It is your choice to write to me about general policy matters of television licensing (about which I have no interest), despite me requesting no contact whatsoever. It places a burden upon me that I do not seek. Indeed, such pointless correspondence on policy in no way relates to the “inquiries” you posit to be necessary and lawful, so must be of a different nature. Given that I have requested you cease communications, unless under a commercial contract, I am absolutely entitled to charge you to receive and respond to such business correspondence. It is no different to you writing to a lawyer for legal advice and then being surprised that they charge for what they do for a living.

I enclose a further invoice for £750 to reflect the value I am giving you as a receiver of your unwanted mail and as a professional writer of lucid letters. This brings the total due to £2,250 to date, which is a substantial sum, but reasonable for someone of my seniority, background, and expertise. I am hoping that you will desist running up further unpaid bills before we reach the £10,000 small claims court limit, but as one of my most insistent customers I will extend you my gratitude for making use of my letter writing services nonetheless.

If you wish to resell my signed writing work, for instance to raise money for charity, then I would be more than happy to discuss how we might collaborate on such a benevolent project. I don’t usually sell signed work to the general public, not even my books, so many might be interested in getting a unique collectible Martin Geddes piece if on offer as a rarity. You may wish to file my letters carefully as they may have significant resale value in future.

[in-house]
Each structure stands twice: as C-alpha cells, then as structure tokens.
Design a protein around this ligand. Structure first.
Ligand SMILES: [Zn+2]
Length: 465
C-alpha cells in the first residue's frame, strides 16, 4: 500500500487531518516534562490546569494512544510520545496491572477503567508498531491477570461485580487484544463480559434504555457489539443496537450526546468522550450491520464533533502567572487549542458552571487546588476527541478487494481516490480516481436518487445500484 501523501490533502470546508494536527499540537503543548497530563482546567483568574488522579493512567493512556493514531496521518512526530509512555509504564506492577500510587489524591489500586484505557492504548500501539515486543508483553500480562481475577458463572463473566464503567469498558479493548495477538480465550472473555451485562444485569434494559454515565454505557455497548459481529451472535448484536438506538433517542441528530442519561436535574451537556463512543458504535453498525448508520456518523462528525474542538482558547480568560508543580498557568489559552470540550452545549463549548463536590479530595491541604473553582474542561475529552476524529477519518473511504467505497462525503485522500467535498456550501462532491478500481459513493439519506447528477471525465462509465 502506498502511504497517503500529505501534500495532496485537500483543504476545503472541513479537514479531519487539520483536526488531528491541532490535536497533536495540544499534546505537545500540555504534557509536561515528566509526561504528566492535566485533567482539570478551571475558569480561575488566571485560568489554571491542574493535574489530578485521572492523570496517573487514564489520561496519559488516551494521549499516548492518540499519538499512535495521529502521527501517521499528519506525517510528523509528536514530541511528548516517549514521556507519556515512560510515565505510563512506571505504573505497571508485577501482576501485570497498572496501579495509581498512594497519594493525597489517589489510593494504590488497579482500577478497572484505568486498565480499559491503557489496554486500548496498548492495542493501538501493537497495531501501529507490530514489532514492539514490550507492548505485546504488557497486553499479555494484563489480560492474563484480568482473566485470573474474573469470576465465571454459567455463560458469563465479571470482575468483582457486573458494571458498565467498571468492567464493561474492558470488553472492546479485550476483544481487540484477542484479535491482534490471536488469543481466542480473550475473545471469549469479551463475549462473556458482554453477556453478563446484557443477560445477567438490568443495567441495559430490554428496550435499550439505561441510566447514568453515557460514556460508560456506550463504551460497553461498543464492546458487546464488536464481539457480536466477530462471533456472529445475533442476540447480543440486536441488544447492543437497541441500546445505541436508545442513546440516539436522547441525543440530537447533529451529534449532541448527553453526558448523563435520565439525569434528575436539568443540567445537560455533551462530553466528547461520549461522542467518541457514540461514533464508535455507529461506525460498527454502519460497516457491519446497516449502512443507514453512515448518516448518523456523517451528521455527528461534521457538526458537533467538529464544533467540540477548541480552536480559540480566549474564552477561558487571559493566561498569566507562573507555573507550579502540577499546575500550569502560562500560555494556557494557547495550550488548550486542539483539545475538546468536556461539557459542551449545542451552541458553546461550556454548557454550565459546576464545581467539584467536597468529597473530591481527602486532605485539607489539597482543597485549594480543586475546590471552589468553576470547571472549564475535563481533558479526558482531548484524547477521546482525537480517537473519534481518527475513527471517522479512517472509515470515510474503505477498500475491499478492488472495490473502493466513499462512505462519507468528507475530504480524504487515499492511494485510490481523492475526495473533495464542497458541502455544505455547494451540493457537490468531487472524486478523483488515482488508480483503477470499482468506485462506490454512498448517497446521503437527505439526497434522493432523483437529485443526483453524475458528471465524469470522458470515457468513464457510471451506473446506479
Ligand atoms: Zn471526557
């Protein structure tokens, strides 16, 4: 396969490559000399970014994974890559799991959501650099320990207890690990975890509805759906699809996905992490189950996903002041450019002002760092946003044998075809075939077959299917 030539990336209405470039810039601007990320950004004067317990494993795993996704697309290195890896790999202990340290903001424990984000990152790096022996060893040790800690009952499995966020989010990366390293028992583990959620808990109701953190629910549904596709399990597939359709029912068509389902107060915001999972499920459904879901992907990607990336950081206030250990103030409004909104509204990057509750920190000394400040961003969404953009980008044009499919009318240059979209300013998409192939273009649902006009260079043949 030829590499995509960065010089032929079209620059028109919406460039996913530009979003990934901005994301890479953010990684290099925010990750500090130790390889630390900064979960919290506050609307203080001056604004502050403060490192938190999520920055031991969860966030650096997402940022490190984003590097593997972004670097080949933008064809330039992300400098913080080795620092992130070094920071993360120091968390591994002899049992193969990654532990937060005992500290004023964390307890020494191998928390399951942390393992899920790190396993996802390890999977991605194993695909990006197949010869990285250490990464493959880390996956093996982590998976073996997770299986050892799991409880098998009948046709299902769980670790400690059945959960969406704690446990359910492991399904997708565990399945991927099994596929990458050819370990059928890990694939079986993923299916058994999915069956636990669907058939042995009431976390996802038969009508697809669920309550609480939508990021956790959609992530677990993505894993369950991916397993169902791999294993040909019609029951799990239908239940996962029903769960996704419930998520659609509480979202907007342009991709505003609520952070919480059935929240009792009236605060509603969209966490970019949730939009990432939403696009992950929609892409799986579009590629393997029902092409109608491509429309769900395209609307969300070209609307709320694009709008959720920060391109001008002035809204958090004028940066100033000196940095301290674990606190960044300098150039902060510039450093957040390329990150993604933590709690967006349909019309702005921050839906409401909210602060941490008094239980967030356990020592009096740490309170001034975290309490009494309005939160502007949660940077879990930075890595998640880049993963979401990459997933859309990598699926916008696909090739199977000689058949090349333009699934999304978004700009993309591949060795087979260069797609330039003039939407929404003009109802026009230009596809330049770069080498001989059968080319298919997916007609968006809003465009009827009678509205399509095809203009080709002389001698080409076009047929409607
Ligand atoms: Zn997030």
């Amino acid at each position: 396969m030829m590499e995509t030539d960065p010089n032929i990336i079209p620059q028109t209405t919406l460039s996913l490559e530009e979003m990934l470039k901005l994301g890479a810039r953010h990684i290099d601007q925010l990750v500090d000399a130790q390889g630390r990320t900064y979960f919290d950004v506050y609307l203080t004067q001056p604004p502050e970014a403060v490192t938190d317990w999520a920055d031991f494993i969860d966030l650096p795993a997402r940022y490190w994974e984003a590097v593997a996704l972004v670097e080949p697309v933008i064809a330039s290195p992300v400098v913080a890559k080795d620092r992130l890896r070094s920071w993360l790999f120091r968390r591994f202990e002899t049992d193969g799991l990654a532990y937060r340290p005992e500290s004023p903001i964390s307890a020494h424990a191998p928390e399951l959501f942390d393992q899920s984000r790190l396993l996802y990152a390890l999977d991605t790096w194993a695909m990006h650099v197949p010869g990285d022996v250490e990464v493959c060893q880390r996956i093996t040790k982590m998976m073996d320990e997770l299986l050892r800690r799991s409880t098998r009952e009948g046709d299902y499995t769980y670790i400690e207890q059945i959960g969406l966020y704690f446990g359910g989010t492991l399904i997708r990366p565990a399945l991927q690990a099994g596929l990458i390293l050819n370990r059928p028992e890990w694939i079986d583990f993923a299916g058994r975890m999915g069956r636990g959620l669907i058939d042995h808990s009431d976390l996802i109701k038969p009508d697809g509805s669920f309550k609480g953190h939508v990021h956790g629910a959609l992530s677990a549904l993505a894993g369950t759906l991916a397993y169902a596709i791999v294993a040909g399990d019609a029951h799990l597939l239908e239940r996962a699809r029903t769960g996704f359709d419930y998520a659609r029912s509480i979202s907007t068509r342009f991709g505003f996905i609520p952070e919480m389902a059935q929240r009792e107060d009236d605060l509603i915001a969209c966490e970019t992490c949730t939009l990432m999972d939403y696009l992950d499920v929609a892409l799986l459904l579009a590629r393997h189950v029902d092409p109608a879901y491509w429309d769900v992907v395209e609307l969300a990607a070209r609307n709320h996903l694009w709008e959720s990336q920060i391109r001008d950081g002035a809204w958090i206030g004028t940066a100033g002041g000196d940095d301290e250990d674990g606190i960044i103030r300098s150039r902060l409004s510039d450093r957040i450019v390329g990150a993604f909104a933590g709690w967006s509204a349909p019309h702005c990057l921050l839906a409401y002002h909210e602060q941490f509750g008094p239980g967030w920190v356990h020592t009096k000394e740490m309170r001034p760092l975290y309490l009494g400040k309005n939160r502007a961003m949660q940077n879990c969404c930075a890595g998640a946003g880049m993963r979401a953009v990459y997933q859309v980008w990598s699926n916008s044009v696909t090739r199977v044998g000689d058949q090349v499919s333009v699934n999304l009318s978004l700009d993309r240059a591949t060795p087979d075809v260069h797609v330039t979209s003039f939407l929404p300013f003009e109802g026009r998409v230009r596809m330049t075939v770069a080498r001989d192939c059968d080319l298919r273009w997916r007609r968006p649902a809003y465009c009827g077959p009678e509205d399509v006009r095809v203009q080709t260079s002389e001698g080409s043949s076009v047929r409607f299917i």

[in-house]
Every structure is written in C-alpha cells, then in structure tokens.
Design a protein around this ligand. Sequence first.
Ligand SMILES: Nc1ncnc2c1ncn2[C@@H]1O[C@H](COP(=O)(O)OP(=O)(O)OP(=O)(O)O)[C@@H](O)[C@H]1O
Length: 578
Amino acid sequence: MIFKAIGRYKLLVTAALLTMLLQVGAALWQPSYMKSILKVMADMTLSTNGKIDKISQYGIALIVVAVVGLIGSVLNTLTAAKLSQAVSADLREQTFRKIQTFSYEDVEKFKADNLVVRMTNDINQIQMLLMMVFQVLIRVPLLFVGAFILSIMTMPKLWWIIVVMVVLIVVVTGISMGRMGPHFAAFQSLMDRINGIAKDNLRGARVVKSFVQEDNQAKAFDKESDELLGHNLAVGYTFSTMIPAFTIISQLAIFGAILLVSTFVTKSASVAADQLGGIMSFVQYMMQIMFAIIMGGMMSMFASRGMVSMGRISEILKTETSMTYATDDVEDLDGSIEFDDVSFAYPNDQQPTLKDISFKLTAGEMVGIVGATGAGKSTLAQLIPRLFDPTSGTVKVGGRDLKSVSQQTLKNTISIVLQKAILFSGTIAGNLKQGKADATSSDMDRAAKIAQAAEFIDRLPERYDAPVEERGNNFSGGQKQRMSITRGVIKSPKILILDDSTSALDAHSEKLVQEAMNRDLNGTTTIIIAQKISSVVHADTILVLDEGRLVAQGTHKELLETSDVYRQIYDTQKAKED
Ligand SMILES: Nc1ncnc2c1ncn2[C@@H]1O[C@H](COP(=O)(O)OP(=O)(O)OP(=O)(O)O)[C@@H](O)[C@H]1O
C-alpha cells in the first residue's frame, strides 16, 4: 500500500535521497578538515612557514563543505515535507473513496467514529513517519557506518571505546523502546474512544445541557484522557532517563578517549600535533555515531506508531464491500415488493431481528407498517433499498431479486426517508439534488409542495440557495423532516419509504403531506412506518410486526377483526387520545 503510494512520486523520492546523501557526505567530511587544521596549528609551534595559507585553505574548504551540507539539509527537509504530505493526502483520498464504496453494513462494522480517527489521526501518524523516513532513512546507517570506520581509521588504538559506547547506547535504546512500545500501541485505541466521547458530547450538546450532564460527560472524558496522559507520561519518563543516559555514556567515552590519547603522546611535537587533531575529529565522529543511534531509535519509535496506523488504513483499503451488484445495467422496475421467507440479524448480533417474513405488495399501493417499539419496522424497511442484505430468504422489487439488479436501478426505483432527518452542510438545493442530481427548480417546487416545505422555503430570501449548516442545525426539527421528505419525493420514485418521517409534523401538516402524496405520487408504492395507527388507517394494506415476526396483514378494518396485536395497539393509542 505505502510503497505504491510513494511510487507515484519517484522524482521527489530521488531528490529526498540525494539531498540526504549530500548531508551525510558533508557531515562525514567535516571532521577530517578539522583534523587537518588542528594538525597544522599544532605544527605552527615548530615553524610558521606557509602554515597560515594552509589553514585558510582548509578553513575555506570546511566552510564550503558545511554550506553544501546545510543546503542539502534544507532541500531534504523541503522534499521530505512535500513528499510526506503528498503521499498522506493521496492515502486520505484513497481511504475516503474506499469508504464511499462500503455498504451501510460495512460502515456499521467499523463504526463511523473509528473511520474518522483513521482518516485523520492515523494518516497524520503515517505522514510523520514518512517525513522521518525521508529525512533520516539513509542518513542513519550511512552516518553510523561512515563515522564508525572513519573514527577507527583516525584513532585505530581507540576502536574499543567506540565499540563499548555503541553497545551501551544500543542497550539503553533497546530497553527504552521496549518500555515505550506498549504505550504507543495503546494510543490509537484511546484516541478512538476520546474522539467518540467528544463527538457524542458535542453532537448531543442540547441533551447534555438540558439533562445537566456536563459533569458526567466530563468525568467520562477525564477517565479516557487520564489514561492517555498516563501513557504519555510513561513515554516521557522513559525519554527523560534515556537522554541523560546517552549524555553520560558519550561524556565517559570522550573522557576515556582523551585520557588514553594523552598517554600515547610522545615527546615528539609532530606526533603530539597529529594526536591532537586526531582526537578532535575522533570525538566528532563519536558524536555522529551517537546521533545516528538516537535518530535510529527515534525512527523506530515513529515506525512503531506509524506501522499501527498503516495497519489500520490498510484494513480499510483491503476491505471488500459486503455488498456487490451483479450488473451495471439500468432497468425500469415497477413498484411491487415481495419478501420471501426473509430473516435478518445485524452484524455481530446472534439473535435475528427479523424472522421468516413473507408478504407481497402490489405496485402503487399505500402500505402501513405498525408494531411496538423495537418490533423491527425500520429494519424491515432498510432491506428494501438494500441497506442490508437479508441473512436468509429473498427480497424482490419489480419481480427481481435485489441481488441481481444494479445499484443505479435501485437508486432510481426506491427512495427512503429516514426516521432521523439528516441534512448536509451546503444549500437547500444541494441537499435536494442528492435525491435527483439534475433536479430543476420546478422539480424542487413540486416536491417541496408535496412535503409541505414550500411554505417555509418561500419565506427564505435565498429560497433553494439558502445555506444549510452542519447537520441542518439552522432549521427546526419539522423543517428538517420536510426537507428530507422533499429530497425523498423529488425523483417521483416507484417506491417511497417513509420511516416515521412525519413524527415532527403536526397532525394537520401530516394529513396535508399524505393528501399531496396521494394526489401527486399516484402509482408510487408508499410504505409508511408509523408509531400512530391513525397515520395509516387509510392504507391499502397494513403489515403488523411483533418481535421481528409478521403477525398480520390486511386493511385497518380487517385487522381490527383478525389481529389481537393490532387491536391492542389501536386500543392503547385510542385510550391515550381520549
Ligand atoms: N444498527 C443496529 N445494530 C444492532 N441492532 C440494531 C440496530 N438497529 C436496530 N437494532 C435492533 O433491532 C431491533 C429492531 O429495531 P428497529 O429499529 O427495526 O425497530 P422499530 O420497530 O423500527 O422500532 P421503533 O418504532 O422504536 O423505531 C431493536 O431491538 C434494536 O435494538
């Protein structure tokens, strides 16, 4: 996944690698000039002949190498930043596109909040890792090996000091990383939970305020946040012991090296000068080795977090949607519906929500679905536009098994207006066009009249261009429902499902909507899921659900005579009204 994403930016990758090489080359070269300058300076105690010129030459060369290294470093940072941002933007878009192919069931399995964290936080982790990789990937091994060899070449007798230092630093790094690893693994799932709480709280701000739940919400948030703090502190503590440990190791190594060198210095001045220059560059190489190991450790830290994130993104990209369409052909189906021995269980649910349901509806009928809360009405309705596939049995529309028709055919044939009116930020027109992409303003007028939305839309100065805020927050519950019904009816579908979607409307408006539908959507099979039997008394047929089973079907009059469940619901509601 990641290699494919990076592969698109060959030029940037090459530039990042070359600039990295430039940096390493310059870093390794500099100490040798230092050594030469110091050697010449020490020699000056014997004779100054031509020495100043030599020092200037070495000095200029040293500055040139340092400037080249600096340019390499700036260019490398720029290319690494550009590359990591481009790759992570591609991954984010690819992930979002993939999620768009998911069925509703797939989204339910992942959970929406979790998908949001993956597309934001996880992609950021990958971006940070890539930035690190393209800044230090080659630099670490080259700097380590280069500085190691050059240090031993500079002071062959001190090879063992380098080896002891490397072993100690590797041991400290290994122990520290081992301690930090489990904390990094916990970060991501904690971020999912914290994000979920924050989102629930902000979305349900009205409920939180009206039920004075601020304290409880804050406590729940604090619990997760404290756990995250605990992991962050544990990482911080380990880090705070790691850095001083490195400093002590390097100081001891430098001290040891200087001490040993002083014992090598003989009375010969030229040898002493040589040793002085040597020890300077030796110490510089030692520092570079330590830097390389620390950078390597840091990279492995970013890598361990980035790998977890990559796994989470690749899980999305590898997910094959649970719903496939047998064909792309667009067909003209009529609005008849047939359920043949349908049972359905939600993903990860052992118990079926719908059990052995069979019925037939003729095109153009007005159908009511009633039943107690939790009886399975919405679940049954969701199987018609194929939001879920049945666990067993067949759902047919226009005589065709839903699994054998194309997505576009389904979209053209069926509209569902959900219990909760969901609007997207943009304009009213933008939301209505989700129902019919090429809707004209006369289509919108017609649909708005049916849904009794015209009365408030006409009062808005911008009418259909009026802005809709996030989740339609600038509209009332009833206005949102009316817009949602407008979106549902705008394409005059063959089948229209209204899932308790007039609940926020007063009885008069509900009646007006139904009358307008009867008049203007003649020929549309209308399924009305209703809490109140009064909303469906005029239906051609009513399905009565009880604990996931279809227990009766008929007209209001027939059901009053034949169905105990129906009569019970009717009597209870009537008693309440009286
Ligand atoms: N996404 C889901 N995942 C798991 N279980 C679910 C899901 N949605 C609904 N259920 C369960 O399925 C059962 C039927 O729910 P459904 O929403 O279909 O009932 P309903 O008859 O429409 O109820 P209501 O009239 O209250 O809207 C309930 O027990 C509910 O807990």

Your belief is that you can make arbitrary claims upon the public’s time and energy and act in ways that ought to bring shame upon you. I am merely holding up a mirror in a way that lawfully reflects your own behaviour back at you, and to my own benefit. The licensing of televisions, and the law governing it, is completely immaterial to whether we have a contract for my own professional correspondence services. It is no different to the Civil Aviation Authority baselessly writing to me demanding to know whether I fly aircraft without a pilot’s license, and me offering to discuss it with them for a fee.

It would be a terrible shame if we had to contest our contract in court, since we have thus far had a cordial commercial relationship (even if your invoice payment seems very tardy). I look forward to your prompt payment in this case. Think carefully before you reflexively respond with anything other than a final payment in settlement of your debt, as every unsolicited, unnecessary, and unwanted letter you send to me (demanding a professional and paid response) is costing you more money.

We have a valid contract, and I plan to enforce its obligations upon you to the fullest extent of the law. After all, that is what you are claiming is the right thing for you to do, so it must be right for me to behave in exactly the same way in return.

Yours truly,

Martin Geddes

Let’s see what happens. A court might decide there was no intent to contract from the other side, but given the imbalance of power and they are a commercial enterprise and I made my terms clear, I expect I would get a ruling in my favour. At the very least it will cost them thousands of pounds to defend it, I don’t risk costs, and will further expose their thuggery and illegitimate methods. That said, I have a feeling events are about to overtake us. Those televisions that plague our society are like a zombie apocalypse, no?